AFRL chemists collaborate with MIT on nanomaterial advancement with flow chemistry

WRIGHT-PATTERSON AIR FORCE BASE, Ohio (AFRL) – Chemical research scientist and a member of the Air Force Research Laboratory’s Materials and Manufacturing Directorate, Dr. Luke Baldwin, is working with the Massachusetts Institute of Technology to utilize a new synthetic chemistry tool to produce and improve new reactions on carbon derived nanomaterials.

The collaboration between AFRL and MIT is a three year partnership funded by the Office of the Under Secretary of Defense for Research and Engineering (OUSD(R&E)), Basic Research Office (BRO) through the Laboratory University Collaboration Initiative (LUCI). With this fellowship, Baldwin and co-Principal Investigator, Dr. Christopher Crouse, will initiate collaborative projects with Professor Timothy Swager to propel basic science research on chemical transformations of nanomaterials.

“The LUCI funded MIT and AFRL partnership seeks to create dramatic enhancements in the efficiency for the functionalization of carbon nanomaterials. Current [Chemistry] methods are wasteful and require a massive excess of reagents, most of which produces byproducts that complicate the materials production and performance,” said MIT Professor Timothy Swager.

Baldwin adds, “Another goal of this project is to strategically establish collaborations with AI experts to explore active machine learning for reaction optimization in synthetic chemistry. This would allow scientists to accelerate research by being able to more efficiently explore chemical reaction parameters.”

This LUCI partnership explores a new, controlled chemistry approach called flow chemistry. Flow chemistry is an automated chemical process that ensures efficient mixing and heat transfer resulting in more accurate and consistent chemical reactions. Flow chemistry also facilitates reactions at high temperatures and pressures without needing the complex procedures often required when reaching these conditions in batch reactions. Given the low reactivity of nanomaterials, a new approach is required to effectively and consistently modify carbon nanomaterials. With the ability to combine these materials in an automated fashion, the research teams can safely and quickly perform iterative experiments to create new nanomaterials.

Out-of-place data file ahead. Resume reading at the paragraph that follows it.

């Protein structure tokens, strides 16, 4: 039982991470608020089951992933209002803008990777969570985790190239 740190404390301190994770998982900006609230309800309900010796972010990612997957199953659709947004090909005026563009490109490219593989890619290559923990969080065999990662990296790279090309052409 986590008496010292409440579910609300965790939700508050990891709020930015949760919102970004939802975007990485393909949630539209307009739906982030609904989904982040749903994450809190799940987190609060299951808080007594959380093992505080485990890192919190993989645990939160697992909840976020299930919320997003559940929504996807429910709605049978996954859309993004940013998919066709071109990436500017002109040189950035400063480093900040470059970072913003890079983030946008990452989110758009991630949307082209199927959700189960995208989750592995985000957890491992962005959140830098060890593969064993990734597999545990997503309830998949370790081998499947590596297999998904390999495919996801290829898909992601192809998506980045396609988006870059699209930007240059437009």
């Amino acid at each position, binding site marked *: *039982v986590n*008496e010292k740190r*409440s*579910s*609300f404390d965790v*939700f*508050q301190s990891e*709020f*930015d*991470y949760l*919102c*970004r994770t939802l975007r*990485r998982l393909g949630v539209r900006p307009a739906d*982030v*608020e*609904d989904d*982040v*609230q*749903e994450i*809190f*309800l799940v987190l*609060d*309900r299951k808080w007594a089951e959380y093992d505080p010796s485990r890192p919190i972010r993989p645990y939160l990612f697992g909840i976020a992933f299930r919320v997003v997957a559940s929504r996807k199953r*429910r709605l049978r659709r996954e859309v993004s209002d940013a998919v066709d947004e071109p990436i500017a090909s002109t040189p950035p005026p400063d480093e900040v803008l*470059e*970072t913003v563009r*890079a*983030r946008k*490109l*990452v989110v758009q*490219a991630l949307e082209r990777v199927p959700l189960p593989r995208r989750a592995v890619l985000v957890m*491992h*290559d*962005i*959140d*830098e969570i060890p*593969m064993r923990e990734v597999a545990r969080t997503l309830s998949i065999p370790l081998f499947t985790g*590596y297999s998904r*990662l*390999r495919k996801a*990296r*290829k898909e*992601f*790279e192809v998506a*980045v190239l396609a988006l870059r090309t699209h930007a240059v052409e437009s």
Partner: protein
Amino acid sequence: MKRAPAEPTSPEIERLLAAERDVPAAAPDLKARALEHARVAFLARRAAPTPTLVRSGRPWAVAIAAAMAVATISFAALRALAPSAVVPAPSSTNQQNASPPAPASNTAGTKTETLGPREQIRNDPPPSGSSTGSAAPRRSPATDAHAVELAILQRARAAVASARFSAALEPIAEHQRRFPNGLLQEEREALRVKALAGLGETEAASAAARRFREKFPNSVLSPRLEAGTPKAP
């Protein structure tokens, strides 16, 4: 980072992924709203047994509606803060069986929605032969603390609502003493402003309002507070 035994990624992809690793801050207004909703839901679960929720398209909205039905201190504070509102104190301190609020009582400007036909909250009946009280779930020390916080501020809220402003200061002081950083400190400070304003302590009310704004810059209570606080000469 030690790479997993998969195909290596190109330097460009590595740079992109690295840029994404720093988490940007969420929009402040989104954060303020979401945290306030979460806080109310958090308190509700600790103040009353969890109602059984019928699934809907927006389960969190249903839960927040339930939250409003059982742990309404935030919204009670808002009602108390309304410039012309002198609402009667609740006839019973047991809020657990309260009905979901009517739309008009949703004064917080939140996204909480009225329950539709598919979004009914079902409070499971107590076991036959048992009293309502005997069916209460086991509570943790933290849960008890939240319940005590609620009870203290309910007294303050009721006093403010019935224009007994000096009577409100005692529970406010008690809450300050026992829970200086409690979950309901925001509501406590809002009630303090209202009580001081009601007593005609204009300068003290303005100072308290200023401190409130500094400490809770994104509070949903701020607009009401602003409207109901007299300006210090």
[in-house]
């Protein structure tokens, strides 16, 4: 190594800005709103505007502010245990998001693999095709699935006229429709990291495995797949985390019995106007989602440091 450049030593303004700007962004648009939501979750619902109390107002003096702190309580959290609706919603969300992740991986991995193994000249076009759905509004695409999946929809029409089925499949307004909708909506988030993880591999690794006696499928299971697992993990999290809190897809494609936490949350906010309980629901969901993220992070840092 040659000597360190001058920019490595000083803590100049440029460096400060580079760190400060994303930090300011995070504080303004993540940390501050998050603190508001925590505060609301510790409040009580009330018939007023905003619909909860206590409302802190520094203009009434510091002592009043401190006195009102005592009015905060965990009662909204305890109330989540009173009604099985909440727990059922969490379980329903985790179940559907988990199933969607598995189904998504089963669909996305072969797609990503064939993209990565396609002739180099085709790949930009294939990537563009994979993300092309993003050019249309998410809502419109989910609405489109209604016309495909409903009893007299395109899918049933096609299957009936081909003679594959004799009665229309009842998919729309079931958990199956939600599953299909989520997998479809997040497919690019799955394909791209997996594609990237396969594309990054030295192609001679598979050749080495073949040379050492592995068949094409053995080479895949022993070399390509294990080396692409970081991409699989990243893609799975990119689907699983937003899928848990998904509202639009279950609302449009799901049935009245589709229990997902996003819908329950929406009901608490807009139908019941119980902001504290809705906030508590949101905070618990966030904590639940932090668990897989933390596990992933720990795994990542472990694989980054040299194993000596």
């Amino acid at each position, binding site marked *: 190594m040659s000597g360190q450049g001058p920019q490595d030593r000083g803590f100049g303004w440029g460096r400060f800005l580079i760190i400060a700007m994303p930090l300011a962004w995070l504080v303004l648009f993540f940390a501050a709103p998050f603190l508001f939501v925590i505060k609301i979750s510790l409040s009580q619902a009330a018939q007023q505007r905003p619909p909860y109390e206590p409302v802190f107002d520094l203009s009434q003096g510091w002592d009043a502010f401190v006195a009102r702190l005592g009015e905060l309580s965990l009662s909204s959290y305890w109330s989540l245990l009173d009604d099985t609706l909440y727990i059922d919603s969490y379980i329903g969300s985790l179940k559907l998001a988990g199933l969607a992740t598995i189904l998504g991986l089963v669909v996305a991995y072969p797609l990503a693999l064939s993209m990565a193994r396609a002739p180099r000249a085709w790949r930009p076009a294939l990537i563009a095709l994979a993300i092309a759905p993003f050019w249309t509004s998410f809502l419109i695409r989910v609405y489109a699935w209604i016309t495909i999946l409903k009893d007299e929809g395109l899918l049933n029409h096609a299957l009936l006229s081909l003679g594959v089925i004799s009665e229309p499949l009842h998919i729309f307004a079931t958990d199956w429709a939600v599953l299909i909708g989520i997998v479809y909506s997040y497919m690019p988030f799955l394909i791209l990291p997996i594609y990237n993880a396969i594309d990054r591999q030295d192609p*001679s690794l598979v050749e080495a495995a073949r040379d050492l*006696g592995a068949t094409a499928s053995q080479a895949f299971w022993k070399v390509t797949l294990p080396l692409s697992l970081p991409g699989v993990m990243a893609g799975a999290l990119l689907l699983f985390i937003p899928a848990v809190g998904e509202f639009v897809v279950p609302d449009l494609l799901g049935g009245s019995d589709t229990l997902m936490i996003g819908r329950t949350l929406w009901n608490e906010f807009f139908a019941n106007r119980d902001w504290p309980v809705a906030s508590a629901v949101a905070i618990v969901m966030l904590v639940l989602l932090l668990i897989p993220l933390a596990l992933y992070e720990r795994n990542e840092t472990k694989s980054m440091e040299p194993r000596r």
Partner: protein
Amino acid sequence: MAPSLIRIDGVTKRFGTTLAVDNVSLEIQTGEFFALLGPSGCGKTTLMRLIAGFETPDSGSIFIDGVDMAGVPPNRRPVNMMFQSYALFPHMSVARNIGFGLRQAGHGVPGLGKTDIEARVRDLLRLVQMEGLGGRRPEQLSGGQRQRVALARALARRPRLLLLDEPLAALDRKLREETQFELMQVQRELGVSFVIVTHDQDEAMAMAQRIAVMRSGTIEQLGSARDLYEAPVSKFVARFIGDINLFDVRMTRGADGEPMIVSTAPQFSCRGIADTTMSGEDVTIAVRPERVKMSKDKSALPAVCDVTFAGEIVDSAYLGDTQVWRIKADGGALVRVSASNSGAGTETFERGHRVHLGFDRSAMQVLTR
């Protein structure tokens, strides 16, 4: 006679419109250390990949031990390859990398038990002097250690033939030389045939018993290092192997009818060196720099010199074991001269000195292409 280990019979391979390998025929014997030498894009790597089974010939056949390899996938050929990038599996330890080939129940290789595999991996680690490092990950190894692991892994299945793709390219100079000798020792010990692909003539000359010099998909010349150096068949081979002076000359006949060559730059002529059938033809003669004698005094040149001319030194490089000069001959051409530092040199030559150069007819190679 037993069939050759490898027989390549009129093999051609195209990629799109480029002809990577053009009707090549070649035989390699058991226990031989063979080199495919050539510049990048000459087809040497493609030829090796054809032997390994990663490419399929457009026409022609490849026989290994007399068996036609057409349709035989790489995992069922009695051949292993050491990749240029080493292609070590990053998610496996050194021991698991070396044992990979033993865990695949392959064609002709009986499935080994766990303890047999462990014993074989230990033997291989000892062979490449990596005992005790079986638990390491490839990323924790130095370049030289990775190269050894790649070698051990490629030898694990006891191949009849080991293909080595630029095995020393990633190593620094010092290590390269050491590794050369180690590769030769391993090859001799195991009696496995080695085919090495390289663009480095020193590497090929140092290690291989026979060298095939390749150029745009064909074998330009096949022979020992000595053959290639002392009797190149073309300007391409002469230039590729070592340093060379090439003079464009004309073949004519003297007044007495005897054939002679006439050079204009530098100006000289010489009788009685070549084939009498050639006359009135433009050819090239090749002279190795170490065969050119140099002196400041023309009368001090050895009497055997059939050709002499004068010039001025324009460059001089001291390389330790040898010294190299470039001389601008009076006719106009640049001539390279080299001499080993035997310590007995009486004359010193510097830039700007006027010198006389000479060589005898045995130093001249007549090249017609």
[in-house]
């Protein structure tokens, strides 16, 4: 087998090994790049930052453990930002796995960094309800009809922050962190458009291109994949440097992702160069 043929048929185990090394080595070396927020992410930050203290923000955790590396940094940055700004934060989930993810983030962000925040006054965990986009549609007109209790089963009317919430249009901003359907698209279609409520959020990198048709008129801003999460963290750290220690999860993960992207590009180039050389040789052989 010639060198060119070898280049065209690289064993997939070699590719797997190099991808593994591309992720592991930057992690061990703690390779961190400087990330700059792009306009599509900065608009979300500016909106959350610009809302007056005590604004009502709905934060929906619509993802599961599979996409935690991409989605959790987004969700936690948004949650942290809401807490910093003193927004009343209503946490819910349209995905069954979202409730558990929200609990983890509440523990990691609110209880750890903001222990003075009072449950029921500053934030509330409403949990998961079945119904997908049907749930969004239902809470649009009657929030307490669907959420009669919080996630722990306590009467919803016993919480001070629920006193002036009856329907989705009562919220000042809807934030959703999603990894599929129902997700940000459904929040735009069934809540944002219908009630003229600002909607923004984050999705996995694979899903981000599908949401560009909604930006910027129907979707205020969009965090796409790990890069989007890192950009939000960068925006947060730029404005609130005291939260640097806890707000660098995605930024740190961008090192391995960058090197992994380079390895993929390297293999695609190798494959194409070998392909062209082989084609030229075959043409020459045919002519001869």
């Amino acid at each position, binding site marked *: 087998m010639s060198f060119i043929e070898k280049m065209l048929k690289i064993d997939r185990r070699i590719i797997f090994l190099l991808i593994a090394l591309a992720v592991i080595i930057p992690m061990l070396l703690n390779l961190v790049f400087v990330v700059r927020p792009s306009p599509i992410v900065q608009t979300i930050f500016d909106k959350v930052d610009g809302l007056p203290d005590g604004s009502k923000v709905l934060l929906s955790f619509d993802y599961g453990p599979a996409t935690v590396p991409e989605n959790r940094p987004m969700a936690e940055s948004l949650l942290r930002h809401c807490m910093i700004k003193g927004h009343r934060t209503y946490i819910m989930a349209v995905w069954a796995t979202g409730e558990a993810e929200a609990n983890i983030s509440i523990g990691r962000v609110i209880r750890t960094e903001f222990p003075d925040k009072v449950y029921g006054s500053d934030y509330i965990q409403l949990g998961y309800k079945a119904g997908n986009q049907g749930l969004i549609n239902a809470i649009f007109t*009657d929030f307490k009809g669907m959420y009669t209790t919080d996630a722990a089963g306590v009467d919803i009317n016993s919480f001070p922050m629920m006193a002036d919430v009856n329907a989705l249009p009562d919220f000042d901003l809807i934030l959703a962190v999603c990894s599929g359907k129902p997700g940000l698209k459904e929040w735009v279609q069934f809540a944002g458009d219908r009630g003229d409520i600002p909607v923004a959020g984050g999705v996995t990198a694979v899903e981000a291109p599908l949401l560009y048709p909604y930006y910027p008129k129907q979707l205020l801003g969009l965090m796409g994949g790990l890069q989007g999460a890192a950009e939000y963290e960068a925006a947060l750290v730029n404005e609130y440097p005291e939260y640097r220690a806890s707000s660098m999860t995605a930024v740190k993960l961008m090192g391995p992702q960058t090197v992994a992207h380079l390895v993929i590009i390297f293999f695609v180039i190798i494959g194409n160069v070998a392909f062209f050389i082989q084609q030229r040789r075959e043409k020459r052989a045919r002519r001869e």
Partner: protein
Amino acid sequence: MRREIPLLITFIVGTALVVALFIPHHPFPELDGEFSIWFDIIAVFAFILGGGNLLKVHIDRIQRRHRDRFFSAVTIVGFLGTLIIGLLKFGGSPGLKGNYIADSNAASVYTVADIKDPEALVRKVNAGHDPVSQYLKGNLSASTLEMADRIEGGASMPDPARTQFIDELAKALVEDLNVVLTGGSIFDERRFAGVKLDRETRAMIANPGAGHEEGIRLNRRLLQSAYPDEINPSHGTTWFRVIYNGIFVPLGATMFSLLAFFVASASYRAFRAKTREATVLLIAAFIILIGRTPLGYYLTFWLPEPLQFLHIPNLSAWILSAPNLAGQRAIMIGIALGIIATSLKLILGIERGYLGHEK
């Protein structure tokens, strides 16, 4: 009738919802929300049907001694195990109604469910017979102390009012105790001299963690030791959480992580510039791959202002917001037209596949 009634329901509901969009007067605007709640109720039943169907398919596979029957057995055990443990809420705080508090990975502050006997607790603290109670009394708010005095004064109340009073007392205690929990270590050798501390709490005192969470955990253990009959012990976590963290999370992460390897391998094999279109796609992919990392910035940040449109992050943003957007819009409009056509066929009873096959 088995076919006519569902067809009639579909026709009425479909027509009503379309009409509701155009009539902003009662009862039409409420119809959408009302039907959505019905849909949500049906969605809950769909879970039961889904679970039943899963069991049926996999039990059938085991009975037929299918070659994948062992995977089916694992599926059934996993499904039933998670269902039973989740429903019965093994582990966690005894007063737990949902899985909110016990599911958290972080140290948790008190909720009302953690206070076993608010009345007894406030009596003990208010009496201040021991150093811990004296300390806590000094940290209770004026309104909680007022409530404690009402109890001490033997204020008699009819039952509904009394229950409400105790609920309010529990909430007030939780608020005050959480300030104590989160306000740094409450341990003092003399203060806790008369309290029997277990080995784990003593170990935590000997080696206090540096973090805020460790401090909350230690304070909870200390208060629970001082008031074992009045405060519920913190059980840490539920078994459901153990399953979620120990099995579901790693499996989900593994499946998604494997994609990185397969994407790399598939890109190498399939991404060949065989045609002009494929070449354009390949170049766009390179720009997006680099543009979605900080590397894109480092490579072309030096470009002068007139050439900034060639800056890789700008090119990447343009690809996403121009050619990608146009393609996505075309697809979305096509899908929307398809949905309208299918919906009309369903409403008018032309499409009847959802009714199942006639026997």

“Flow chemistry system can eliminate the need for a 40 hour work week since they can be coupled to AI algorithms, run continuously, and controlled remotely. This allows for continuous discovery, reaction optimization, and cost savings,” claims Baldwin.

The research findings from AFRL and MIT will find new materials for electromagnetic shielding, sensors, smart fabrics, composites, and other electronics. Working with flow chemistry is also expected to benefit Space Manufacturing and Chemistry by exploring protocols and nanomaterials compatible with microgravity environments.

“Generating highly reactive intermediates in flow reactors at AFRL provides exquisite control that will be used to create materials with superior properties. MIT will provide precursor reagents for these studies and create new chemical/biological sensors and electronic devices from these new generations of materials that are of interest to the DOD,” Swager states.

Through the course of this collaboration, Professor Swager at MIT will routinely send nanomaterials to AFRL and give guidance on experimentation. Chemists at AFRL will perform the suggested reactions and conditions using flow chemistry. The teams discuss the findings and meet on a regularly scheduled basis. The partnership also benefits by working in each other’s laboratories several times a year to gain experience working with different chemistry systems, furthering their knowledge in support of Department of Defense technologies.

“The Department of Defense is the home of big ideas for mission-based problem sets,” said Dr. Bindu Nair, Director for Basic Research in the Office of the Under Secretary of Defense for Research and Engineering. “The Laboratory University Collaboration Initiative Program reflects the Department’s commitment to support unfettered, curiosity-driven research and the innovative spirit of universities by combing their energy to focus on paradigm-shifting ideas that will advance the warfighter.”

For more information about the Laboratory University Collaboration Initiative, visit:

image of scientist in lab

Dr. Luke Baldwin with Flow Chemistry machine. (U.S. Air Force photo/Jonathan Taulbee)